BRIEF DESCRIPTION OF THE SEVERAL VIEWS OF THE DRAWINGS

FIG. 1 is a side elevational view of the tissue and skeletal structure of an amputee's residual limb;

FIG. 2 is a side elevational view of a residual limb in the form of an amputated arm showing the skeletal and muscular structure of the residual limb;

FIG. 3 is an exploded elevational view of the residual limb donning the polyurethane sleeve, stretchable nylon sleeve, liner, nylon sheath and socket of an artificial limb;

FIG. 4 is a cross-section of the artificial limb in FIG. 3, which is a first embodiment of the artificial limb;

FIG. 5 is a cross-section of the artificial limb similar to FIG. 4, showing a second embodiment of the artificial limb;

FIG. 6 is the same as FIG. 5, but showing compression of the inner socket under the influence of positive air pressure;

FIG. 7 is a cross-section of the artificial limb showing a third embodiment of the artificial limb;

FIG. 8 is a cross-section of the artificial limb showing a fourth embodiment of the artificial limb;

FIG. 9 is an elevational view of the polyurethane sleeve and second stretchable nylon sleeve rolled over the socket and residual limb with clothing shown in broken outline;

FIG. 10 is a cross-section of the artificial limb showing a fifth embodiment of the artificial limb;

FIG. 11 is a cross-section of the artificial limb showing a sixth embodiment of the artificial limb;

FIG. 12 is a detailed view of the vacuum mechanism in FIG. 11;

FIG. 13 is a cross-section of the artificial limb showing a seventh embodiment of the artificial limb;

FIG. 14 is a detailed view of the vacuum mechanism and suspension sleeve of FIG. 13;

FIG. 15 is a cross-section of the artificial limb showing an eighth embodiment of the artificial limb;

FIG. 16 is a cross-section of the artificial limb showing a ninth embodiment of the artificial limb;

FIG. 17 is a cross section of the artificial limb showing a liner with an annular seal;

FIG. 18 is a cross-section of the artificial limb showing a second embodiment of the liner of FIG. 17;

FIG. 19 is a partial cross-section of the artificial limb showing a third embodiment of the liner of FIG. 17;

FIG. 20 is a partial cross-section of the artificial limb showing a fourth embodiment of the liner of FIG. 17.

FIG. 21 is a schematic of one embodiment of a pressure chamber apparatus with a body part inserted.

FIG. 22 is a detailed pneumatic schematic of one embodiment of the apparatus and control mechanism.

FIG. 23 is a flowchart of a control loop for an embodiment of the present invention.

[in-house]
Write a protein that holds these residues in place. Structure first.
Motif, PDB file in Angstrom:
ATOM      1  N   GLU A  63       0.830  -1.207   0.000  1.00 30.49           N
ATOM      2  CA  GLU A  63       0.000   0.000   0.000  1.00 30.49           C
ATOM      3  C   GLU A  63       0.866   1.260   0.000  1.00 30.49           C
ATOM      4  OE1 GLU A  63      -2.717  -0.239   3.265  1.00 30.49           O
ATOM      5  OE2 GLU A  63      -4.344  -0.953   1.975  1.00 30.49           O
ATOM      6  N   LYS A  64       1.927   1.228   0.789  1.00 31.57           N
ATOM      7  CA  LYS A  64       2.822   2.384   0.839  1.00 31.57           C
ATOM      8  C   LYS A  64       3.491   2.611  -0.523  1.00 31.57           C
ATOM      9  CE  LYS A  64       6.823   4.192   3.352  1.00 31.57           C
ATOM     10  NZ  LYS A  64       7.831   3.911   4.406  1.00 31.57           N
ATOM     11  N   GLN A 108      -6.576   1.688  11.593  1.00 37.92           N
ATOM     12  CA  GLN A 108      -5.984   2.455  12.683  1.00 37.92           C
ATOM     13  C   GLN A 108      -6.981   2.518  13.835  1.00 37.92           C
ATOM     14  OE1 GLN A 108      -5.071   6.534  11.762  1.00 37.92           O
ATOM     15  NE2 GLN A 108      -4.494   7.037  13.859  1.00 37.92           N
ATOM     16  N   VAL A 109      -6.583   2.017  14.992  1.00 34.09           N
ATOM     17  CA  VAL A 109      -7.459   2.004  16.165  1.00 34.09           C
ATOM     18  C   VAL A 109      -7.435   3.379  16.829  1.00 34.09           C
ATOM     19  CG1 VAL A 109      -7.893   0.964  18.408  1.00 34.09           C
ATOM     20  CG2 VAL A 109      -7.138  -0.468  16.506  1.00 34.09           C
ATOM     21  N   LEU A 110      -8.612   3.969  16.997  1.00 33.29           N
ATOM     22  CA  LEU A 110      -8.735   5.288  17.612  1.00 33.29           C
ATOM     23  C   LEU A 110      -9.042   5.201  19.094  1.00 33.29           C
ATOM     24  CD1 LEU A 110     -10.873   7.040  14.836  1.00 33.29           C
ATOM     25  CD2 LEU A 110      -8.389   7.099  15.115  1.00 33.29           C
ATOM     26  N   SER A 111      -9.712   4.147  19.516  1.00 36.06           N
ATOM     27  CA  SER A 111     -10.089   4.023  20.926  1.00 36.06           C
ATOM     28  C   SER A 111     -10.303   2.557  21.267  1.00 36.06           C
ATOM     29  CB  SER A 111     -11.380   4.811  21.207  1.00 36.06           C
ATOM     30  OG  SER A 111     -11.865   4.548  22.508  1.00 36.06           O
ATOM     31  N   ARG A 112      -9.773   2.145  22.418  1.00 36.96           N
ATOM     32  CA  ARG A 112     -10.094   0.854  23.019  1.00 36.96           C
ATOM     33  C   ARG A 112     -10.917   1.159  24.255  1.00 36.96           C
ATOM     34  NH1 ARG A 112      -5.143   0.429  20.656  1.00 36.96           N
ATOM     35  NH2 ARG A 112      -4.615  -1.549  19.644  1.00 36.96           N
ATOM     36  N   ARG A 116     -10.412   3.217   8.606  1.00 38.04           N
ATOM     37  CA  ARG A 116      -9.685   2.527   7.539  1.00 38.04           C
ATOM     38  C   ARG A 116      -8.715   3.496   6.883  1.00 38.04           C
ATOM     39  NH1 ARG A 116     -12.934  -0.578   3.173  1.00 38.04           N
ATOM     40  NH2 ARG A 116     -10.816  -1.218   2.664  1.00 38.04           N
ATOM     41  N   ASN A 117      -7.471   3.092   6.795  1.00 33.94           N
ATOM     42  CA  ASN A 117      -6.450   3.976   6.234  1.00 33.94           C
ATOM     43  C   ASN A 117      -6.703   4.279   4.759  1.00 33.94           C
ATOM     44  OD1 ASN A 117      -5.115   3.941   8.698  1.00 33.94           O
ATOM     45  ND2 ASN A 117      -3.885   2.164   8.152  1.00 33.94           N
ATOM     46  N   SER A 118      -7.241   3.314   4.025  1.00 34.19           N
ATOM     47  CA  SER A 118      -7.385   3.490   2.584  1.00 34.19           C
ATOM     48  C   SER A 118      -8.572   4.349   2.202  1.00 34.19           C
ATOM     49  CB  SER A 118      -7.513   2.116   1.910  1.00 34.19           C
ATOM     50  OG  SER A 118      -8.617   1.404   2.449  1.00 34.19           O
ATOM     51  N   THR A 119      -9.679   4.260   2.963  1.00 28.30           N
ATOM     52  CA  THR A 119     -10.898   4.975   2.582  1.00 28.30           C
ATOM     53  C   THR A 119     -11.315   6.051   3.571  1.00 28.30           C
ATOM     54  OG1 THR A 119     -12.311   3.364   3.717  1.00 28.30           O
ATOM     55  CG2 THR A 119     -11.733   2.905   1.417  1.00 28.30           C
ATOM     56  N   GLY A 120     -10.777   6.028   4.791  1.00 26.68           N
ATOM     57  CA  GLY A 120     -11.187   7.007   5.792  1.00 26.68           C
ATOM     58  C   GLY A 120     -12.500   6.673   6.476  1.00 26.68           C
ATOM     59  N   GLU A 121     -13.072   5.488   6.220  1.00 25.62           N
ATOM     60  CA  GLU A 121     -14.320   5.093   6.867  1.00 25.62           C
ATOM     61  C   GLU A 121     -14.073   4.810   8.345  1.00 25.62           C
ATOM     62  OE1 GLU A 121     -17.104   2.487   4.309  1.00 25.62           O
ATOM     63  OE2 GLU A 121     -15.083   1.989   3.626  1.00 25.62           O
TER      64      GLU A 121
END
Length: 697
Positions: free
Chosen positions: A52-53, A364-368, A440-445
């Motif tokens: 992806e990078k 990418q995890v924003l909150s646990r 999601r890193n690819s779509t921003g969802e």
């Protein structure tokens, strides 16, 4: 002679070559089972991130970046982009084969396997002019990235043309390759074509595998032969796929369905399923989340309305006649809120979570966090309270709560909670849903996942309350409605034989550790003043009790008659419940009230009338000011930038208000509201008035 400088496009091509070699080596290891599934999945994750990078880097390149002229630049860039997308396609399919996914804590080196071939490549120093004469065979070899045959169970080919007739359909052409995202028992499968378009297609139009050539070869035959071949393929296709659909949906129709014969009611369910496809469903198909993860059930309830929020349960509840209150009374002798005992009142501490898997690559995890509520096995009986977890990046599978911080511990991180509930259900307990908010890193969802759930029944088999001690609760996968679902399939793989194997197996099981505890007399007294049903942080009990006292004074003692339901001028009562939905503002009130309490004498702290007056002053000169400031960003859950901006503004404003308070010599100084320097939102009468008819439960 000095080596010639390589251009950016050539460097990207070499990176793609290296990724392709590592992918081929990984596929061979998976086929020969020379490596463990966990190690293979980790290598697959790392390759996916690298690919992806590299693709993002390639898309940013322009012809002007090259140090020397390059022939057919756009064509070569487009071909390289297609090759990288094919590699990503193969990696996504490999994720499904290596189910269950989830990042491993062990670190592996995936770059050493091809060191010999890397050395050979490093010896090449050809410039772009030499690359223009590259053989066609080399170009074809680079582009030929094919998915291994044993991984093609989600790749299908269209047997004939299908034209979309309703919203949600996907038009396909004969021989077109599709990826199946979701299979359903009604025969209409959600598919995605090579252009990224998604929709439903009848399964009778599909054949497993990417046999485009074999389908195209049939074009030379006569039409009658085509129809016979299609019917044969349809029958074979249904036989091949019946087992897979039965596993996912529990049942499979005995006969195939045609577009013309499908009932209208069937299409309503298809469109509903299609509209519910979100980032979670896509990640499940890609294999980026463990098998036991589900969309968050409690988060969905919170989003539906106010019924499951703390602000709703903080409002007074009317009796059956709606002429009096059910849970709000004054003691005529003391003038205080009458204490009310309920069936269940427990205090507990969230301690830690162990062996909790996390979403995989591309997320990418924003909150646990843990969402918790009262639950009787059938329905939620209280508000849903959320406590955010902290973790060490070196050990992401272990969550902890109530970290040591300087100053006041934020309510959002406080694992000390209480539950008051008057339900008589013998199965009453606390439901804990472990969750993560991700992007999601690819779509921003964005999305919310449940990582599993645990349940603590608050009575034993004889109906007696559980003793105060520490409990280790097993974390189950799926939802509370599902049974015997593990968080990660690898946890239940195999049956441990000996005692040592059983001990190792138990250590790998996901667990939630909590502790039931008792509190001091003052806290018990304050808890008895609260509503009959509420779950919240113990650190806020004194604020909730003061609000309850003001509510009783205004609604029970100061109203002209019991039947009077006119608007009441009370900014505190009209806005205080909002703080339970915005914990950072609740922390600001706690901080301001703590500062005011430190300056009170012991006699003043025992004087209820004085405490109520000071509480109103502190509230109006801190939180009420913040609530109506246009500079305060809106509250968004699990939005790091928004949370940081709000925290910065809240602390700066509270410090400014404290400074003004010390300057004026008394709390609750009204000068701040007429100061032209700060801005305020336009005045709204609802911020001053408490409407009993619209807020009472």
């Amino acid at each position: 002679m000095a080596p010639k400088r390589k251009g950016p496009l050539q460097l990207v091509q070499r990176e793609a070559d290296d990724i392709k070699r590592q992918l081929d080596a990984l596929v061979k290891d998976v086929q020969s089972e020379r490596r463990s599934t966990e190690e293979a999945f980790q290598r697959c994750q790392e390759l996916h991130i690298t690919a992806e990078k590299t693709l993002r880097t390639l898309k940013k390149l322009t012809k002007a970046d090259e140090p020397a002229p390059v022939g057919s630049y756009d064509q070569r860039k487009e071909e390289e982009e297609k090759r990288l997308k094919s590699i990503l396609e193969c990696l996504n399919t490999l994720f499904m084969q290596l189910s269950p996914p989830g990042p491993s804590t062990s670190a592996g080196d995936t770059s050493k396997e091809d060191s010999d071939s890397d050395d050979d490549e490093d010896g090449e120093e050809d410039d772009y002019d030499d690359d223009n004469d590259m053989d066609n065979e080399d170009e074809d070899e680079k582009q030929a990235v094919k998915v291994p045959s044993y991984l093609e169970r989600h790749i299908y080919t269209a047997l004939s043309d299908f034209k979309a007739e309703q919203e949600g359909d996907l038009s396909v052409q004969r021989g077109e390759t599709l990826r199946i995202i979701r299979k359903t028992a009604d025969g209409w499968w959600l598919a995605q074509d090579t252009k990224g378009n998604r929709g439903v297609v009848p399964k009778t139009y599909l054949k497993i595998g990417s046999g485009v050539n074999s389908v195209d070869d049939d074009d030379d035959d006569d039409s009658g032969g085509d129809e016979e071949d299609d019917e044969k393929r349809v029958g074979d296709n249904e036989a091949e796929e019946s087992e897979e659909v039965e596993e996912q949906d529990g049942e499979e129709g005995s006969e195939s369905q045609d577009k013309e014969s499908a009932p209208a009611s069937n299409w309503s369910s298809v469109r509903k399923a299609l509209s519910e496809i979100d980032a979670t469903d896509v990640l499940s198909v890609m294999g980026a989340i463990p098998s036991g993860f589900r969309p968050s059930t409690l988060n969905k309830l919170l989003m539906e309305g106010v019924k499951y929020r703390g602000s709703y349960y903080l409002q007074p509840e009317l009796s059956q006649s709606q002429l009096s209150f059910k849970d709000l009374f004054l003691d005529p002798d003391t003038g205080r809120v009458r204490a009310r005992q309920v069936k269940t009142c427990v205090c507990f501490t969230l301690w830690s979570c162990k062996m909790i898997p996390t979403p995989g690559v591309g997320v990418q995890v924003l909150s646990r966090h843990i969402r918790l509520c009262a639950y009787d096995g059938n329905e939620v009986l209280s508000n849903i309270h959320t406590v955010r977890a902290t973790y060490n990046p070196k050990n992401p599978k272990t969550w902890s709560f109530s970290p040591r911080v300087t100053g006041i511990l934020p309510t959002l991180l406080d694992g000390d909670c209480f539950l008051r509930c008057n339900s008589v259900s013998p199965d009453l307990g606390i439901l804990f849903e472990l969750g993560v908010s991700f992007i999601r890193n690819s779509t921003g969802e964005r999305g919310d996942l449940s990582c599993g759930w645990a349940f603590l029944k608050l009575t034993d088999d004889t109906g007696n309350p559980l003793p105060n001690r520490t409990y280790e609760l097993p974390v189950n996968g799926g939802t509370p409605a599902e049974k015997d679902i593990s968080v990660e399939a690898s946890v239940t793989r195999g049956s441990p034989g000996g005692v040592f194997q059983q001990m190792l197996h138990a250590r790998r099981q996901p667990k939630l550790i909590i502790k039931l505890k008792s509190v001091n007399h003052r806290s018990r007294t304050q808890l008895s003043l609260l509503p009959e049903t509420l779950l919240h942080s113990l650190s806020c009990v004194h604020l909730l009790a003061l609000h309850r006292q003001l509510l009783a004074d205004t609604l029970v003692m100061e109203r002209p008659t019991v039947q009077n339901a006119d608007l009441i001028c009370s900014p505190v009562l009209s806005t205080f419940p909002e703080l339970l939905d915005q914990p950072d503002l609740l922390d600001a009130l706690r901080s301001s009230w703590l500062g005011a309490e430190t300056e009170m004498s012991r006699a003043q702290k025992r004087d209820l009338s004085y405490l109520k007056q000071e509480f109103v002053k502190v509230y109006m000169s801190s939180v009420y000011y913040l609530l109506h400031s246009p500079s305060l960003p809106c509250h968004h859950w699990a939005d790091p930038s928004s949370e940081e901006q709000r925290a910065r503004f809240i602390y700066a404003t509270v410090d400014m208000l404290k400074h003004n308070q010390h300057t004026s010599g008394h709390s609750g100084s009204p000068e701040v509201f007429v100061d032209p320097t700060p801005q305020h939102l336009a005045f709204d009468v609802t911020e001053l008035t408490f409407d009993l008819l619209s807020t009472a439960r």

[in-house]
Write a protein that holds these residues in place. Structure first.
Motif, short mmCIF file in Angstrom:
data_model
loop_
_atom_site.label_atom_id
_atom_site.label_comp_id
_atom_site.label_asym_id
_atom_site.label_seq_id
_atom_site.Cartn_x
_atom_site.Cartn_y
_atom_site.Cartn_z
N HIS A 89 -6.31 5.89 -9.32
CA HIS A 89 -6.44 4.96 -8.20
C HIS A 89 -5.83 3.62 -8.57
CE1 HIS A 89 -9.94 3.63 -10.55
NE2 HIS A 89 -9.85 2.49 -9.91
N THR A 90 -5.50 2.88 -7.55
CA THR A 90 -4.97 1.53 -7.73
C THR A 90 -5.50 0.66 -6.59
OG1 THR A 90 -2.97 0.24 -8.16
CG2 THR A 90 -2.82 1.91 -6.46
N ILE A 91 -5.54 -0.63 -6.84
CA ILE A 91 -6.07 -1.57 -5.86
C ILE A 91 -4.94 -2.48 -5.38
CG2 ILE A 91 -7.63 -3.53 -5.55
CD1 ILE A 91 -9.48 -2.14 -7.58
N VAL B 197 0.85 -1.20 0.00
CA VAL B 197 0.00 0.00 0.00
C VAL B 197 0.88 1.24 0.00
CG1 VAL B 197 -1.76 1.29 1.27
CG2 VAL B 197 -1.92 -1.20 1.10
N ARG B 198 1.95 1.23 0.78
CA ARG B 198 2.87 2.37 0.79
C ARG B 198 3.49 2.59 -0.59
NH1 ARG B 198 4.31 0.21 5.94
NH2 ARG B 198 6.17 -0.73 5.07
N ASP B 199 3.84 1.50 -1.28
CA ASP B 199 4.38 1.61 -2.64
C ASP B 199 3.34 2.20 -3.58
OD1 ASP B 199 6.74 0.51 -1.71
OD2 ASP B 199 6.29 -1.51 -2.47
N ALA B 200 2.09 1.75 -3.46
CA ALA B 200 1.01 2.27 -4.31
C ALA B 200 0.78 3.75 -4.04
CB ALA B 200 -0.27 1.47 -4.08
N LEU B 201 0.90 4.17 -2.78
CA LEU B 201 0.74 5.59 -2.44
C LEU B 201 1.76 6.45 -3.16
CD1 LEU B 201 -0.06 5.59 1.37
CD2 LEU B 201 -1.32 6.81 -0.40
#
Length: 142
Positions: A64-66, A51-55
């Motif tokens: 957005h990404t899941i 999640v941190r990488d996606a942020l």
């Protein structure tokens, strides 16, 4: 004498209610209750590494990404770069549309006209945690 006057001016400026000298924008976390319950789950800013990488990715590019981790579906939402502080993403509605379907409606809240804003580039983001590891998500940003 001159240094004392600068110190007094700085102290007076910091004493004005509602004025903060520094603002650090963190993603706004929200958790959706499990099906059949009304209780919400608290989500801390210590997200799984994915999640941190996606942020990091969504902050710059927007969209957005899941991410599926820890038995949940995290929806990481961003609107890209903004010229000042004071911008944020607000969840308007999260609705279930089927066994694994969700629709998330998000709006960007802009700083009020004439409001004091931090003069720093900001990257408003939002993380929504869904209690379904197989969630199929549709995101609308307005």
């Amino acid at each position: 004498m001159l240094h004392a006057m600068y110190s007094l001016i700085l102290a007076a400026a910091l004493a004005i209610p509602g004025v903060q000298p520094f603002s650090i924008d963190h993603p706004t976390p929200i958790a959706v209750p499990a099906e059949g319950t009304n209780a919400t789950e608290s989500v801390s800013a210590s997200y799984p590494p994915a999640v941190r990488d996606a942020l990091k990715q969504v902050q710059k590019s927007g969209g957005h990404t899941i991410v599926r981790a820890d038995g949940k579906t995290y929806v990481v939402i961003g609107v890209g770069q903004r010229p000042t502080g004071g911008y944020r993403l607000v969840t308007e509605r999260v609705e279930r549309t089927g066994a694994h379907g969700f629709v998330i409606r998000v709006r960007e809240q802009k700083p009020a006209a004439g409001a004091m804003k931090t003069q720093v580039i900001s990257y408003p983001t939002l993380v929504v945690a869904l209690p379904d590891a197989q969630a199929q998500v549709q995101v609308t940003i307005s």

FIGS. 24 and 25 are charts showing the variation of blood flow to a body part compared to the pressure cycle produced by the apparatus.

FIG. 26 is a cross-section of another embodiment of an artificial limb including a pulsating pressure chamber.

DETAILED DESCRIPTION OF THE INVENTION

With reference to the attached Figures, it is to be understood that like components are labeled with like numerals throughout the several Figures. The present invention includes an apparatus for providing pressure therapy as alternating positive and negative pressure in an enclosure, such as an artificial limb or prosthesis, surrounding a portion of a body, such as a residual limb, for the purpose of improving blood flow and managing fluid within the residual limb.

The drawings show a number of different embodiments of an apparatus and method for managing the volume of fluid in a residual limb joined to an artificial limb, by applying a vacuum source to the artificial limb cavity or chamber. It will be seen that application of the vacuum to the cavity can draw the residual limb (which may be encased in a liner) firmly and totally against the socket, thereby preventing or reducing swelling of the residual limb into the socket, because there is little or no open chamber into which the residual limb may be drawn by the vacuum. Importantly, application of the vacuum to the cavity also opposes the loss of fluids from the residual limb due to weight-bearing pressures.

FIGS. 3 and 4 show one embodiment of the apparatus 50 of the present invention. The artificial limb 50 includes an outer socket 52, shin 54, and foot 56. The outer socket 52 has a volume and shape to receive a substantial portion of the residual limb 14 with a space 58 or chamber therebetween.

The apparatus 50 further includes a flexible inner socket 60 with a cavity 62 with a volume and shape for receiving a substantial portion of the residual limb 14 and fitting in the space 58 between the outer socket 52 and the residual limb 14. The inner socket 60 has an inner surface 64 opposing the residual limb 14 and an outer surface 66 opposing the outer socket 52.

A vacuum source 70 may conveniently be attached to or within the shin or pylon 54. The vacuum source 70 may preferably be a mechanical or motor-driven pump 72. The vacuum source 70 may be connected to a power source 83, which may be a battery or a weight-bearing powered generator could be used.

A vacuum valve 74 is suitably connected to the vacuum source 70. The vacuum valve 74 may preferably be disposed on the outer socket 52. A vacuum tube 76 connects the vacuum valve 74 to the cavity 62 or chamber. It will be seen that the vacuum source will cause the residual limb 14 to be drawn into firm contact with or in closer proximity to the inner surface 64 of the inner socket 60.

The artificial limb 50 also includes a regulator means 80 for controlling the vacuum source 70. Preferably, the regulator means 80 may be a digital computer 82. Alternately, the regulator means 80 may be a vacuum regulator. The regulator means 80 is connected to a power source 83, which may be a battery.

A seal means 84 makes an airtight or nearly airtight seal between the residual limb 14 and the outer socket 52. Preferably, the seal means 84 is a nonfoamed, nonporous polyurethane suspension sleeve 86 which rolls over and covers the outer socket 52 and a portion of the residual limb 14. Alternatively, the seal means 84 may be any type of seal which is airtight or nearly airtight.